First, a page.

Saturday, April 16, 2011

Fun with calcite

While waiting for my solar telescope to arrive I've been dabbling with other scientific items of interest. I just acquired a large, very clear polished slab of optical calcite:

Looks nice but this is why I bought it:

Calcite calcite...
Yes, you're seeing double. Calcite has the property of birefringence or "double refraction." You don't have to understand the following explanation; you can just skip down to the cool pictures that come after it:
"...if unpolarized light enters the material at a nonzero acute angle to the optical axis, the component with polarization perpendicular to this axis will be refracted as per the standard law of refraction, while the complementary polarization component will refract at a nonstandard angle determined by the angle of entry and the difference between the indices of refraction, known as the birefringence magnitude. The light will therefore split into two linearly polarized beams, correspondingly known as ordinary and extraordinary."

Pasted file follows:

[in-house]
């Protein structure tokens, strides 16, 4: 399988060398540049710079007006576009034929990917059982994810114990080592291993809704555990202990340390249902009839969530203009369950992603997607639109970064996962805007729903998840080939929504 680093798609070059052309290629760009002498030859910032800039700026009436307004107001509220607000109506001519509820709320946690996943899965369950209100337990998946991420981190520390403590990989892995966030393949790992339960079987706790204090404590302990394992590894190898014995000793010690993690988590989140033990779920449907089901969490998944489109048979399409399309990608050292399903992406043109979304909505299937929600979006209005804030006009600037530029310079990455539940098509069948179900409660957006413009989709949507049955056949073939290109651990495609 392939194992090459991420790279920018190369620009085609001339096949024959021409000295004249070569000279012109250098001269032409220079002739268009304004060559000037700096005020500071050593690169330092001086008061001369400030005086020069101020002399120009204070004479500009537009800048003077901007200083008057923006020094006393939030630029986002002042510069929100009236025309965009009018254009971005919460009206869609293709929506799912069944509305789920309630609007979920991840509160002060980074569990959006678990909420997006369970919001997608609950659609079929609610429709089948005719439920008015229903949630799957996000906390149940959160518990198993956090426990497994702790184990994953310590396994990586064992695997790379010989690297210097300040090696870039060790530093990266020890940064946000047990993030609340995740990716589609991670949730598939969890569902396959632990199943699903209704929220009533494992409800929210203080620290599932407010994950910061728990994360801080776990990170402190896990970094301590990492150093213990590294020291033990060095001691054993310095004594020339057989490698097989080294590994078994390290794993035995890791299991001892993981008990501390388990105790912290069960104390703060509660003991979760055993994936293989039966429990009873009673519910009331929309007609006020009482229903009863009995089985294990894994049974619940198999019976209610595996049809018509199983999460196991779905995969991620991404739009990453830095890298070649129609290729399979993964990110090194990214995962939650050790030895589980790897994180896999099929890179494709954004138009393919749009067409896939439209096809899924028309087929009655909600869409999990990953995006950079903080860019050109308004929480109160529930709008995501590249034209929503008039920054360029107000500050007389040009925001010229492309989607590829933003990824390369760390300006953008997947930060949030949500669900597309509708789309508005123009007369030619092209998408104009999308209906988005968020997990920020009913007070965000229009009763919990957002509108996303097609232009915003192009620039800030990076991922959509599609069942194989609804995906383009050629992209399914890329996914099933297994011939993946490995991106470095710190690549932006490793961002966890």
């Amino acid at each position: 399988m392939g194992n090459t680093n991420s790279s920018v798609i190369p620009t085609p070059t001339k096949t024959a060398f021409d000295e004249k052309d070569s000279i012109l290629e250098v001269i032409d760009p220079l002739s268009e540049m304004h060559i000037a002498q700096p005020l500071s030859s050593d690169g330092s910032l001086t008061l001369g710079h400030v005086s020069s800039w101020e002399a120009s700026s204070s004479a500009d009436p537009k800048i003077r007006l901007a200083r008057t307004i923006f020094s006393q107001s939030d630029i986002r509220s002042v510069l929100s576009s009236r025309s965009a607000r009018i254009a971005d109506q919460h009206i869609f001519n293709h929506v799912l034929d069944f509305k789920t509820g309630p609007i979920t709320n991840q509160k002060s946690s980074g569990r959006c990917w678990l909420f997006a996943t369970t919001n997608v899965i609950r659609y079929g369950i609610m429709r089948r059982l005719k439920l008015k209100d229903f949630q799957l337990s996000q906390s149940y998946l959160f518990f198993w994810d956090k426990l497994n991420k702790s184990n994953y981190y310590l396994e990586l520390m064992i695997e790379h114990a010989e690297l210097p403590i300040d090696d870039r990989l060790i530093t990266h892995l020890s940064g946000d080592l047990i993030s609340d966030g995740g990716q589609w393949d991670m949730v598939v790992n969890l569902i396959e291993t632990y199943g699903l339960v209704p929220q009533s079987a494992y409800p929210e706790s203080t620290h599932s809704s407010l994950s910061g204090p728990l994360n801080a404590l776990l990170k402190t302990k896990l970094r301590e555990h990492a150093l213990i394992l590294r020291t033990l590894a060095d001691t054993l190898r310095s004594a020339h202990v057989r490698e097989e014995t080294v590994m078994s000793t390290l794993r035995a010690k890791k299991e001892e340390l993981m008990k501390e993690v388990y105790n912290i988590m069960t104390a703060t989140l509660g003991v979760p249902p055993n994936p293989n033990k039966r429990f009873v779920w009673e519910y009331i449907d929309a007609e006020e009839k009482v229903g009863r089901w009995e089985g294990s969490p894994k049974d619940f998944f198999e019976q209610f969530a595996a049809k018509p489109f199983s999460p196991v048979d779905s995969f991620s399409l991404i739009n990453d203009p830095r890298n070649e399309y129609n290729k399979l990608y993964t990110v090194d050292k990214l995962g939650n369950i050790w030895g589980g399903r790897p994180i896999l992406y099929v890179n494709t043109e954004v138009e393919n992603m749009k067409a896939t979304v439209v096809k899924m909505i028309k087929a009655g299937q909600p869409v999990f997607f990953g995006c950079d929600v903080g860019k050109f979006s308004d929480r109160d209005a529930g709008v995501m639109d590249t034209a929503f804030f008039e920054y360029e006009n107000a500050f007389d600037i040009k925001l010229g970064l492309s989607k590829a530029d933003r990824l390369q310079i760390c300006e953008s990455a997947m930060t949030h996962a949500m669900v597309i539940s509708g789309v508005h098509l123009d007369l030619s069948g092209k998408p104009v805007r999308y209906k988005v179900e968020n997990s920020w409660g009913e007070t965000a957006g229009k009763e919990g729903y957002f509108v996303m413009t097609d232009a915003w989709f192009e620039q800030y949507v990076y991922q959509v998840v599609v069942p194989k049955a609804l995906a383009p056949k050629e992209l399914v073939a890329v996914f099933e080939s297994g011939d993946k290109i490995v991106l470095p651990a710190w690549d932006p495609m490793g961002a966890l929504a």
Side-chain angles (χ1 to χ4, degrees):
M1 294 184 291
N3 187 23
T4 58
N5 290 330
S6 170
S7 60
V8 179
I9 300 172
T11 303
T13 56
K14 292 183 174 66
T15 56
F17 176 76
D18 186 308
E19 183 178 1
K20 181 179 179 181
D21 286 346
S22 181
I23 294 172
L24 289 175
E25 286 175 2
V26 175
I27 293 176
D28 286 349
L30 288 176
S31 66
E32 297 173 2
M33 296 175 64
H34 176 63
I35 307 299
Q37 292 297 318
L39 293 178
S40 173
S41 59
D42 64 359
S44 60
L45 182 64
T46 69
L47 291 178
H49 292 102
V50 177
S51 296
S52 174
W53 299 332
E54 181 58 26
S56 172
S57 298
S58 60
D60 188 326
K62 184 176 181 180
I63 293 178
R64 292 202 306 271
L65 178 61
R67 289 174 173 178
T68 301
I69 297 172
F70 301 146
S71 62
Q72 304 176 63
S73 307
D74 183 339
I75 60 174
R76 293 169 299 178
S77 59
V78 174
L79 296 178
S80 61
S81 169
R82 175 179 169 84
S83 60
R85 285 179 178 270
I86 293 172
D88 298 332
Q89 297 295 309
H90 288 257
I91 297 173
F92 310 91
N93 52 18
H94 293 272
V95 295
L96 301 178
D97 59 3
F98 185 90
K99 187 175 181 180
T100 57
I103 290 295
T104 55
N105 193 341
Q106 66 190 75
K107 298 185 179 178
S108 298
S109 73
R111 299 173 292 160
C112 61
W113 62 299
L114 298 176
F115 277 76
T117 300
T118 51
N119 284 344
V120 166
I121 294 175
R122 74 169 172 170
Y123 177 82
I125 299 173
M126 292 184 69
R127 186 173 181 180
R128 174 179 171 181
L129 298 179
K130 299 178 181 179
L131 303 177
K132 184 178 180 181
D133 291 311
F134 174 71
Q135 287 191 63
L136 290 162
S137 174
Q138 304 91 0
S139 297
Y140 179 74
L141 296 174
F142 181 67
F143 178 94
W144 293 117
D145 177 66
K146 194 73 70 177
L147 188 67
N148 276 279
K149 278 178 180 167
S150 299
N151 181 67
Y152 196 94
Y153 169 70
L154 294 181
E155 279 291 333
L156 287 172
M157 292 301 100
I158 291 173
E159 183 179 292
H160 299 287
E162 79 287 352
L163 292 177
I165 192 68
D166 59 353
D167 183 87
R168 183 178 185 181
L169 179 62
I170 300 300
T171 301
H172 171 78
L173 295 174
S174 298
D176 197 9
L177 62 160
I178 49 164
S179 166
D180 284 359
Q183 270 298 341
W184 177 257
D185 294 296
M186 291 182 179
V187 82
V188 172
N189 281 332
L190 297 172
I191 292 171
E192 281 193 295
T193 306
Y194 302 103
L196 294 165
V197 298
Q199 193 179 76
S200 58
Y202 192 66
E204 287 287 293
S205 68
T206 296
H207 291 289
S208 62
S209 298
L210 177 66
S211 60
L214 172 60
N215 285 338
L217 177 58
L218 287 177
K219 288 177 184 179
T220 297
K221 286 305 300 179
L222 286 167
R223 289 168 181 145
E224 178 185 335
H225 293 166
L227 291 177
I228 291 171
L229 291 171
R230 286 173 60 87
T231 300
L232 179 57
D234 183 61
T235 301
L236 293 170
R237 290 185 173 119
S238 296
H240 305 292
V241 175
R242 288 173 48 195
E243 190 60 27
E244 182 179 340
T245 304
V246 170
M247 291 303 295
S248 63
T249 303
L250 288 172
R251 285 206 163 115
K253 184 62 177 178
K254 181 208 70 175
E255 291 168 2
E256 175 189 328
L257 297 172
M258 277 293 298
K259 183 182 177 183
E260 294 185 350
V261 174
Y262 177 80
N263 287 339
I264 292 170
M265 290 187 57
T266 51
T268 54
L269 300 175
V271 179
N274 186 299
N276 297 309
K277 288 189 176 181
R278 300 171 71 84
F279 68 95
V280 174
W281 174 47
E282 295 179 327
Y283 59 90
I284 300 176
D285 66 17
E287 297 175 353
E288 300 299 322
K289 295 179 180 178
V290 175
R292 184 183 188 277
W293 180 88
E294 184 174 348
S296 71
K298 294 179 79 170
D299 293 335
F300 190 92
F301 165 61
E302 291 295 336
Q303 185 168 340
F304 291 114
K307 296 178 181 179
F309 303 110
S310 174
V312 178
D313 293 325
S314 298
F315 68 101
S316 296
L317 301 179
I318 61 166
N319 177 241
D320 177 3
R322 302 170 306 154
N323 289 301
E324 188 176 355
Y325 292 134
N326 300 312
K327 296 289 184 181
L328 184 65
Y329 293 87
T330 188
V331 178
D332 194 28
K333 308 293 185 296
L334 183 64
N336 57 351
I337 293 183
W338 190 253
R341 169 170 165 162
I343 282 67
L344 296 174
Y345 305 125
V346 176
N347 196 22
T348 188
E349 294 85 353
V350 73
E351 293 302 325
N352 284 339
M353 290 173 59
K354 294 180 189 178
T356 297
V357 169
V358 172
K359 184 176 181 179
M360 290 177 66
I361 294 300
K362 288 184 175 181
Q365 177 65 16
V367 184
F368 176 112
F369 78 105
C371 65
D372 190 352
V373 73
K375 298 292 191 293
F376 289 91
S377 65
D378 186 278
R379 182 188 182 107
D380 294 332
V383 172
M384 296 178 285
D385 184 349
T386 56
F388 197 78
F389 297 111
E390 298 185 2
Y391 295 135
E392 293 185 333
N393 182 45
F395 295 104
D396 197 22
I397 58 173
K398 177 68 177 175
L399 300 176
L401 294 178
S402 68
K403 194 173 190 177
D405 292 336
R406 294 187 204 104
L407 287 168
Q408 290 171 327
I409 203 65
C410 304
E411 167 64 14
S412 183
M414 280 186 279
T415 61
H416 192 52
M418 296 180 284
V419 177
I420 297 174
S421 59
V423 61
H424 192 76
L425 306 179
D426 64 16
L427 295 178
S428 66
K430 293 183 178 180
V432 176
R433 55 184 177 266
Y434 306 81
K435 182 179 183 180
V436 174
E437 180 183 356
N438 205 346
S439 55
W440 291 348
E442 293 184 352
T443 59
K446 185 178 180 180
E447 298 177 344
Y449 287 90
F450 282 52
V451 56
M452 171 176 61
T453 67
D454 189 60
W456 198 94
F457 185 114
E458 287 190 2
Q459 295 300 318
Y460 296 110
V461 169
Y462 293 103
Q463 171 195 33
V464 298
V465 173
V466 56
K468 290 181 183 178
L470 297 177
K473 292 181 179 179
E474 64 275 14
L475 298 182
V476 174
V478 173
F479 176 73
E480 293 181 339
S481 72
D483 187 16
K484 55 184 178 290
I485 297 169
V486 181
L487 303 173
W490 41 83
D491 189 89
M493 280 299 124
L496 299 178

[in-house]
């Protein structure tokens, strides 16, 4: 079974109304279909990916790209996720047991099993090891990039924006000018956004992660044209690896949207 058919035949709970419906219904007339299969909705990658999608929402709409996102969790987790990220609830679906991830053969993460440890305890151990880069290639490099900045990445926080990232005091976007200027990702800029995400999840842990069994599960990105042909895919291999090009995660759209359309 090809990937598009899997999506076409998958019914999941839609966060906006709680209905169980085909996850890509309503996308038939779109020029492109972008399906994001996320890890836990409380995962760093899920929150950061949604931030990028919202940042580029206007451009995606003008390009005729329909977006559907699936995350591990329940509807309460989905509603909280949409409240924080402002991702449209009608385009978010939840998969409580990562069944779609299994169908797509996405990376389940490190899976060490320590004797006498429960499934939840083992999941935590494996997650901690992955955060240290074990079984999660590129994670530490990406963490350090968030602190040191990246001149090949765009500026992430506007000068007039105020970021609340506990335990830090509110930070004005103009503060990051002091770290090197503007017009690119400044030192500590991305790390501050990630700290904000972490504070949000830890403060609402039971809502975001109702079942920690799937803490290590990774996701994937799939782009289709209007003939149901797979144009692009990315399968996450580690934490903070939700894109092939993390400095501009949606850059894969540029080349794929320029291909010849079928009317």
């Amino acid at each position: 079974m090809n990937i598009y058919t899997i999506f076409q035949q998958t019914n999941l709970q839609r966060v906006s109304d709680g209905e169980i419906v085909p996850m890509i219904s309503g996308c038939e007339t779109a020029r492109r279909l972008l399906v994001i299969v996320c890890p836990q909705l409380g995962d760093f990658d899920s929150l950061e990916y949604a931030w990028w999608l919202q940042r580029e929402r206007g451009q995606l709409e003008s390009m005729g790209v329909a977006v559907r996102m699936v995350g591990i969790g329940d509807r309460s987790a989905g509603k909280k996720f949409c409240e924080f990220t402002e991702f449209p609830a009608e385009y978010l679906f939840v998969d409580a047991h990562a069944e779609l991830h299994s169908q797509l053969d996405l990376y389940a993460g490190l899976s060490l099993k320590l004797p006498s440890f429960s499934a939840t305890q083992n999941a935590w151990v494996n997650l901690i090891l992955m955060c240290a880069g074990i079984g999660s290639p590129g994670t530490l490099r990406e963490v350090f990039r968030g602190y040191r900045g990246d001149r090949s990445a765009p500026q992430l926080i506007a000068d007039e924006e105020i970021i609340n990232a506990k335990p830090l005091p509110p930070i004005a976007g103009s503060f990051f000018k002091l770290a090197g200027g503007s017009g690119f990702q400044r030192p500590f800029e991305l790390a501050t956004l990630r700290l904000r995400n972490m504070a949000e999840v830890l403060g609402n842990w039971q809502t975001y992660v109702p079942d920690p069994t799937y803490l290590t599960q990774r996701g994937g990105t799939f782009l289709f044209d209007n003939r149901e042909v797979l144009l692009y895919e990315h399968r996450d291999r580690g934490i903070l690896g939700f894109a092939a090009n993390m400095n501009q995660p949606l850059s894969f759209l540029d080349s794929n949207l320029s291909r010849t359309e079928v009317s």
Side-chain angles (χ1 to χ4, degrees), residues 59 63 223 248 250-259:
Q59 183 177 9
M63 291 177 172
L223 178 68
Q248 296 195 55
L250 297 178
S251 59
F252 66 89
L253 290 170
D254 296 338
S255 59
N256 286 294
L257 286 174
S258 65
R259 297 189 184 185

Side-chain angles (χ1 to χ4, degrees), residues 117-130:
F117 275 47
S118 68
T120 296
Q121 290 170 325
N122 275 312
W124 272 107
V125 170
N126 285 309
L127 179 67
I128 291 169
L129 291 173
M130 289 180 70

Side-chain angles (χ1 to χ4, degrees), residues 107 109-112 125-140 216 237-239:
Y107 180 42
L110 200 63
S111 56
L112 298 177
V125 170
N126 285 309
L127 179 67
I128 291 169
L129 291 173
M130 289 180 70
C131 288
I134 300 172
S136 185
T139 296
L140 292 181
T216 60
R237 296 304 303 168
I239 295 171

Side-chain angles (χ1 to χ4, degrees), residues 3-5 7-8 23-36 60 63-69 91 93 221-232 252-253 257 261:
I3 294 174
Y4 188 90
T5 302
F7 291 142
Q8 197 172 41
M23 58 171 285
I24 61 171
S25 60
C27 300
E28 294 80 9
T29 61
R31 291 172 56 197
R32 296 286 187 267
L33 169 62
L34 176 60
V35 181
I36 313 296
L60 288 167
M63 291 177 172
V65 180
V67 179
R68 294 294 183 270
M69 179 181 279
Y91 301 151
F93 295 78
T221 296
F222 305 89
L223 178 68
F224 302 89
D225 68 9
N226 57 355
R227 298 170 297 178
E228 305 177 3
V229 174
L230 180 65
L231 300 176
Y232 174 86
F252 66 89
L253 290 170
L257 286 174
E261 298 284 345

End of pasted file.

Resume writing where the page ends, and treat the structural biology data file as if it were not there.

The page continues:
In other words, light of a one polarity will pass the crystal at one index of refraction while light polarized at the complementary angle (∆ 90° or 270°) will be refracted at a different index. The result is two separate images. The relative position of the secondary image to the primary image changes as the crystal is rotated.

Here is a sequence of images taken with a circular polarizer which only transmits light of a specific polarity. The word "Calcite" changes position as the polarity is changed from that of the "ordinary" index of refraction to the "extraordinary" index of refraction (or vice versa). The angle of polarization is increased ~22.5° in each image:





I've always wanted a nice piece of calcite to play with. I bought it from mineralmatrix on eBay and I can highly recommend them.

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